Once accepted as donors, men can give sperm once a week over three months and receive up to 50 euros each time. Women receive up to 1,000 euros per donation, but the process is longer, painful and carries risks, involving a series of tests, hormone injections, trans-vaginal ultrasounds and a final invasive “puncture” to extract the eggs. The level of fees is set by the SEF.
“In other times, that amount of money wouldn’t have bought people’s good will, but now, with people in situations of extreme necessity, things are different,” said Maria Casado, director of the Bioethics and Law Observatory of the University of Barcelona.
And those “compensation fees” seem to be buying a lot of good will. Reproduction clinics report a 20 to 30 percent increase in the number of donors since 2009.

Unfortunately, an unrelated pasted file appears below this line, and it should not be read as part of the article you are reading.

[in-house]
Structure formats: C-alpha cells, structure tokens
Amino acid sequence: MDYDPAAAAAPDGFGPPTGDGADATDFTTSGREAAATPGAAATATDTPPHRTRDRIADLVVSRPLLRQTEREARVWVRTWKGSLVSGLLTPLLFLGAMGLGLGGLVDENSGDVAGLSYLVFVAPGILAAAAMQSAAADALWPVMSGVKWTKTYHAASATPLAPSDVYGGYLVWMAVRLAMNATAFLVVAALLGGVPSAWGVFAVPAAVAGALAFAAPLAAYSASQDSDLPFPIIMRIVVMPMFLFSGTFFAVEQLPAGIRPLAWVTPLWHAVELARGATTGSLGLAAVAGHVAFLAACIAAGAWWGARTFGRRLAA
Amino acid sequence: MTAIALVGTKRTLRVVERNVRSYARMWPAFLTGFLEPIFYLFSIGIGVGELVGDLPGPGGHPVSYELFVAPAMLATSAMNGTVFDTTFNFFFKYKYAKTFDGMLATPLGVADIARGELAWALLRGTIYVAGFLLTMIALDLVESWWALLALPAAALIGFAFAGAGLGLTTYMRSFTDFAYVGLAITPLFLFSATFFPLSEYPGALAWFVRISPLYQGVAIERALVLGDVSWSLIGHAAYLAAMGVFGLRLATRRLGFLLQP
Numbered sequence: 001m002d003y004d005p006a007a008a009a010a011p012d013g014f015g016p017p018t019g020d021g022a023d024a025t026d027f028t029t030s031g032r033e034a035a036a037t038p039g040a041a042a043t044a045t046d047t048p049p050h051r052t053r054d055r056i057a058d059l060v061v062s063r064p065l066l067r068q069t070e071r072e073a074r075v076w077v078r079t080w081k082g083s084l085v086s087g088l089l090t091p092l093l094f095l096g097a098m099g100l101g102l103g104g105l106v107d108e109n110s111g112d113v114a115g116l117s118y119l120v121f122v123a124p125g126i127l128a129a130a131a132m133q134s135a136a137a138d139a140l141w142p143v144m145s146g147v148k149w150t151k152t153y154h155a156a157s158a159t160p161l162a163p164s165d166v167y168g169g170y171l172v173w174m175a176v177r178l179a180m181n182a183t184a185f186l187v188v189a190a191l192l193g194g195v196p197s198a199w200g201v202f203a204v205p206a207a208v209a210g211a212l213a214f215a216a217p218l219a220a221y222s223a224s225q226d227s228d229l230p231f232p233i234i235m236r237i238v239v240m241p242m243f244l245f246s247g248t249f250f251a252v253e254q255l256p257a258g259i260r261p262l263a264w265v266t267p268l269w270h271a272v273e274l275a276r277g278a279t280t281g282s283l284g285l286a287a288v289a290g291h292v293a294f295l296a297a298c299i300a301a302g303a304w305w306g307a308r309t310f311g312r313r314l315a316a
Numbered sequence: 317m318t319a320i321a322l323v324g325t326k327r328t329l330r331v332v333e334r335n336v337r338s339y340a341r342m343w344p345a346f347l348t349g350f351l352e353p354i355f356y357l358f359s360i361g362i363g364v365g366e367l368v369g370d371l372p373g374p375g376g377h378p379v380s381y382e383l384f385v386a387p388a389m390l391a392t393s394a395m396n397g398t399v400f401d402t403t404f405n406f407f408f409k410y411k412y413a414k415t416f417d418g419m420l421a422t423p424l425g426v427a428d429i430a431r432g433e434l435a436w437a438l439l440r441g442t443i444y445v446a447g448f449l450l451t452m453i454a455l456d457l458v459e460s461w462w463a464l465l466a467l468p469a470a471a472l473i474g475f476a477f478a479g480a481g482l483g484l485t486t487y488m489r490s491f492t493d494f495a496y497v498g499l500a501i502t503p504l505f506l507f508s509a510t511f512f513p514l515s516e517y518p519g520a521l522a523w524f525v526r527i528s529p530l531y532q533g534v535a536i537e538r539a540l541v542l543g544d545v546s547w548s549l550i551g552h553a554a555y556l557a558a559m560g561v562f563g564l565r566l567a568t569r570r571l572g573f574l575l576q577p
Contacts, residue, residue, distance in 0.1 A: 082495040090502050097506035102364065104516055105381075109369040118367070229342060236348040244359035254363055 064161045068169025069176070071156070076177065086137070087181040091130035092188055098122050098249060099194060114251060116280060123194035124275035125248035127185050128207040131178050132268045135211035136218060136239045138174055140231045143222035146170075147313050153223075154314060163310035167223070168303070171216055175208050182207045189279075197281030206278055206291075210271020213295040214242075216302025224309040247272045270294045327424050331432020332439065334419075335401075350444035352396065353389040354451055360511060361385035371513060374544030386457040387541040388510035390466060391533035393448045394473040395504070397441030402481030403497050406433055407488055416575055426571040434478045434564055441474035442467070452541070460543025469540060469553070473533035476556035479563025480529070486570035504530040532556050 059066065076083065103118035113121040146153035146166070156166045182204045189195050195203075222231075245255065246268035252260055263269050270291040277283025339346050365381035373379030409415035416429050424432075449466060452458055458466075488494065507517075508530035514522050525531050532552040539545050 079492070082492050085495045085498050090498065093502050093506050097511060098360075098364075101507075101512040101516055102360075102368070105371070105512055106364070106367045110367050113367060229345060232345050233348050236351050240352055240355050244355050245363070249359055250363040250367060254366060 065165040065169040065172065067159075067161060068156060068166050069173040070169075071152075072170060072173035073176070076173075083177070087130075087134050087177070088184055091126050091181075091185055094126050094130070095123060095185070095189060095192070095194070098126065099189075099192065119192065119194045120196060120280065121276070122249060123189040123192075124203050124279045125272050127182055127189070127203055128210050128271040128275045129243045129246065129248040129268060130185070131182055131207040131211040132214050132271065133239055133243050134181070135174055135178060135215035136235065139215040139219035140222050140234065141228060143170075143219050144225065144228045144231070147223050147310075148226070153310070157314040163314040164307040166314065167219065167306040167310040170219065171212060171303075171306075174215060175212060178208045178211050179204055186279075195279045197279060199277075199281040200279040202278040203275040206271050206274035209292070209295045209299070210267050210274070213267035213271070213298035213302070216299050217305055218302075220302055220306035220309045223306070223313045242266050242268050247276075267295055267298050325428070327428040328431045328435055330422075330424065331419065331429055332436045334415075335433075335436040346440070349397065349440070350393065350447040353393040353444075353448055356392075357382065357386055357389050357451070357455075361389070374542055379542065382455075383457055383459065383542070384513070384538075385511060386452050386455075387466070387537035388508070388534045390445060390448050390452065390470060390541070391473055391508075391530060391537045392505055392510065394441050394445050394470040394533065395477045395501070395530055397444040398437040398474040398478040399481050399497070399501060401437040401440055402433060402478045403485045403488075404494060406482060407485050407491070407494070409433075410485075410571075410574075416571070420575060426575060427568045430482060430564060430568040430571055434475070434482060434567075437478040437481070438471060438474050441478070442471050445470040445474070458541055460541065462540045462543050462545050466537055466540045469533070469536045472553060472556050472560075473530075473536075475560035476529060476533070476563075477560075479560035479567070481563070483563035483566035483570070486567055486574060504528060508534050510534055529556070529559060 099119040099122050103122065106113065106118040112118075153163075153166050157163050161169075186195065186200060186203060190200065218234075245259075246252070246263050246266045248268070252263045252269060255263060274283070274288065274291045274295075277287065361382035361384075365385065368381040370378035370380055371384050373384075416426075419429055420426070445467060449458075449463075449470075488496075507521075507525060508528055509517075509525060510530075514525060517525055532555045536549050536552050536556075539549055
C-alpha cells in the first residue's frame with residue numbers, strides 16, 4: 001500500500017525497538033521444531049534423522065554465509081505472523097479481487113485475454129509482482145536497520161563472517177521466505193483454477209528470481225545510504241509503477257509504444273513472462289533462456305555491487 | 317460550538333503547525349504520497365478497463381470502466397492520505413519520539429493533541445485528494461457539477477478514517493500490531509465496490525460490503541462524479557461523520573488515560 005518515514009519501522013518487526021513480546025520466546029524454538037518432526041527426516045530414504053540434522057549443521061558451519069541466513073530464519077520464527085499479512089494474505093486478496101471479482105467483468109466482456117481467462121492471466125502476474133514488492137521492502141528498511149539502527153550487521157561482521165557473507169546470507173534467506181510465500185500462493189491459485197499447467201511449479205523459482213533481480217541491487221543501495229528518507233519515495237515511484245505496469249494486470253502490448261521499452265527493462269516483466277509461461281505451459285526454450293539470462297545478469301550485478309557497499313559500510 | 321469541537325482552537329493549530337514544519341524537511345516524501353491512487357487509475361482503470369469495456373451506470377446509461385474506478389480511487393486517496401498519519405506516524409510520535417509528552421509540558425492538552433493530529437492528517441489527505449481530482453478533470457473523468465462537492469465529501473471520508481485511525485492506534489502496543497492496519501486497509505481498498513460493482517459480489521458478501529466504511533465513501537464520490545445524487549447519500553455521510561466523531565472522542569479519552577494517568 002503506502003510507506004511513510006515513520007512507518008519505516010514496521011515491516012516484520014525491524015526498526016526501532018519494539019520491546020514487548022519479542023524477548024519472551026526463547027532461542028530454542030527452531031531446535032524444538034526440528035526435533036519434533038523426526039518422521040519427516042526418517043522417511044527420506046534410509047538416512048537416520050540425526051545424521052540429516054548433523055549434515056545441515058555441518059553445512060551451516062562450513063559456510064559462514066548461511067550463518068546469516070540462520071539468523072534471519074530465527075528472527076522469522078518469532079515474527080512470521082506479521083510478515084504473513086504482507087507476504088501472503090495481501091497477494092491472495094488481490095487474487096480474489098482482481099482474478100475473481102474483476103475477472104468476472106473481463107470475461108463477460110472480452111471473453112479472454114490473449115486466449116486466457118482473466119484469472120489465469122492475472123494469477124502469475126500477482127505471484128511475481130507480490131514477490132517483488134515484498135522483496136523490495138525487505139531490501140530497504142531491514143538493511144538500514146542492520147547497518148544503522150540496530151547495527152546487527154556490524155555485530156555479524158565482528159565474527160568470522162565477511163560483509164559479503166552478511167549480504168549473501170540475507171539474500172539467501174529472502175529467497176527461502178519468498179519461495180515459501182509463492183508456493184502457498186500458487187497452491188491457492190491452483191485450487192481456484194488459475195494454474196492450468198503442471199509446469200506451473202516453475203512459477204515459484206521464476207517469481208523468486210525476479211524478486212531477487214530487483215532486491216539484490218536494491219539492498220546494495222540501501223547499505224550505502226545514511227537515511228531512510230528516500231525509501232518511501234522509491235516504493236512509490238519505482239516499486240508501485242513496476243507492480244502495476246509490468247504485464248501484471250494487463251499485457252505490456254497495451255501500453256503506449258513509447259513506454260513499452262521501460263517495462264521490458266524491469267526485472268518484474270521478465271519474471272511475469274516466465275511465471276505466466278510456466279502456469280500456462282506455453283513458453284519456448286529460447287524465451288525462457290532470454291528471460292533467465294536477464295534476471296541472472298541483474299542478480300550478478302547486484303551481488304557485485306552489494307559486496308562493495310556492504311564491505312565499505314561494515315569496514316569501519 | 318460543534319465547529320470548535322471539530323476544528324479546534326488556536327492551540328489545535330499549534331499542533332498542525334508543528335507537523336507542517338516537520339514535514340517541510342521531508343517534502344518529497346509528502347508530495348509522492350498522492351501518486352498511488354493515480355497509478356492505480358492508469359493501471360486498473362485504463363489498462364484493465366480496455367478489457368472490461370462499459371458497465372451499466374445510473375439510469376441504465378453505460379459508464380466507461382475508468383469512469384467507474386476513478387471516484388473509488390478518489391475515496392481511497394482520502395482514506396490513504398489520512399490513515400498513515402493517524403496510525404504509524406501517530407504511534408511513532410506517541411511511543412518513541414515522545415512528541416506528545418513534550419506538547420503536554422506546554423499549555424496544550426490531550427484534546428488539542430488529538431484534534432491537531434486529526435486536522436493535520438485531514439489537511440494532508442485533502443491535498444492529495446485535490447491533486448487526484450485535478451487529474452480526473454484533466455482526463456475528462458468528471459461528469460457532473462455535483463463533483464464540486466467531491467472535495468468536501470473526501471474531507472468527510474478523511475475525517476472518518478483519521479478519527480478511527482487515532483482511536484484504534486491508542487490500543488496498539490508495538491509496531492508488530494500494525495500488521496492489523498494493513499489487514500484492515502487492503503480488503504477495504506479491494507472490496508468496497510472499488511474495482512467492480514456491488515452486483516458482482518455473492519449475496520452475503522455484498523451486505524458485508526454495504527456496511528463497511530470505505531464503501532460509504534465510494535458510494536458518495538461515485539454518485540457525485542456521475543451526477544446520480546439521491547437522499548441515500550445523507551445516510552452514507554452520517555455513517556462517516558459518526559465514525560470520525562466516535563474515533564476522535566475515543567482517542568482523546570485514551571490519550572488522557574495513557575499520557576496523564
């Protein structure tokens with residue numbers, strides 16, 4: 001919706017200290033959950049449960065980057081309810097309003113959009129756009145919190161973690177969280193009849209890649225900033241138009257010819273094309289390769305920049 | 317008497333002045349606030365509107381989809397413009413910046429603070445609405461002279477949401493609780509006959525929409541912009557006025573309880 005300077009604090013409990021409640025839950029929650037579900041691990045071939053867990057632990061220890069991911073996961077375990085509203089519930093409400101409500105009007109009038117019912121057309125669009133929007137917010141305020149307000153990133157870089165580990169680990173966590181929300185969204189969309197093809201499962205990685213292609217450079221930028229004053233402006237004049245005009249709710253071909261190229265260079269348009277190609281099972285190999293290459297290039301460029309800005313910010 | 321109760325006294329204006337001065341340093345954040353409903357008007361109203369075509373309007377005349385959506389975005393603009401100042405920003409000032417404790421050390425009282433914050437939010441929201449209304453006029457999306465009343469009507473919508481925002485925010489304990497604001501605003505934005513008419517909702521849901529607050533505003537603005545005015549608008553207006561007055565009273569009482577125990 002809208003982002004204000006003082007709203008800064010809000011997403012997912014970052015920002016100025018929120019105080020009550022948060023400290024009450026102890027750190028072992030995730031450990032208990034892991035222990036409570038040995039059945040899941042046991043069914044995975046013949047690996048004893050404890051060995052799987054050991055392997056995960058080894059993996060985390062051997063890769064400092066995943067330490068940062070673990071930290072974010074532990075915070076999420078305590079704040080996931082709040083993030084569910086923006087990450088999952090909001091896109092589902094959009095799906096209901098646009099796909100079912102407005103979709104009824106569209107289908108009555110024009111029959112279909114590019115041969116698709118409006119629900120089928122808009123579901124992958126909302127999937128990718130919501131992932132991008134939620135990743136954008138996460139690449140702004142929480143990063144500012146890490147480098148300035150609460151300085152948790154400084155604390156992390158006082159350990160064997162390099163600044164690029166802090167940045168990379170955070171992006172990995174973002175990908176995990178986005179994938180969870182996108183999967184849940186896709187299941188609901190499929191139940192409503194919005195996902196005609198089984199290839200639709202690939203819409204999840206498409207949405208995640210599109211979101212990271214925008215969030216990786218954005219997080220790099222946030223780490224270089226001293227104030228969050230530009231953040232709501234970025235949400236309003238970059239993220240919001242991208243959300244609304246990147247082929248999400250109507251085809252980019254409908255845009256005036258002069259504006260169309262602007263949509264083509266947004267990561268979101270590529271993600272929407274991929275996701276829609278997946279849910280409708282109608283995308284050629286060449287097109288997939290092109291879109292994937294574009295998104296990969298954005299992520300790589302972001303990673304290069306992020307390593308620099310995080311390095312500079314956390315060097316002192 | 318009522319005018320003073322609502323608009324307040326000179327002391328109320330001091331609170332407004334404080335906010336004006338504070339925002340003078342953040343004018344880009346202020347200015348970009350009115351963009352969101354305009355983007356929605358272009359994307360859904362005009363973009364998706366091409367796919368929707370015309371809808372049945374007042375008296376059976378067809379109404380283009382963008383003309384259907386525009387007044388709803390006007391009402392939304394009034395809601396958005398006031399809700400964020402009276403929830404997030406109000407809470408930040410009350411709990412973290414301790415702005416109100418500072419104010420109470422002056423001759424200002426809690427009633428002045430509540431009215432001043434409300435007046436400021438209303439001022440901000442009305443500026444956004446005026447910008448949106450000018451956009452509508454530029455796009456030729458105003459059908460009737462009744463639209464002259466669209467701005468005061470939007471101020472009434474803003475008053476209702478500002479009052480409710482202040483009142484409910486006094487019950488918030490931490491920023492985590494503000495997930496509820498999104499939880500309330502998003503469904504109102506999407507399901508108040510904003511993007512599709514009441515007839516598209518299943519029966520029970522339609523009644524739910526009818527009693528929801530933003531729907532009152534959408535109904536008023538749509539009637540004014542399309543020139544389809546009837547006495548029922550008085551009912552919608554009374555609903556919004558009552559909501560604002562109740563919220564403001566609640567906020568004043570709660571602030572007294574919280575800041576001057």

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In some areas, the increase is even more pronounced. “I used to monitor one or two donors per week, but over the last three months I have monitored one every day,” said Josep Lluis Ballesca, director of the andrology (the male counterpart to gynecology) department at Hospital Clinic in Barcelona.
Donors remain anonymous. Typically, they have been college students. Clinics mainly advertise at universities because the ideal age for donors is between 18 and 30.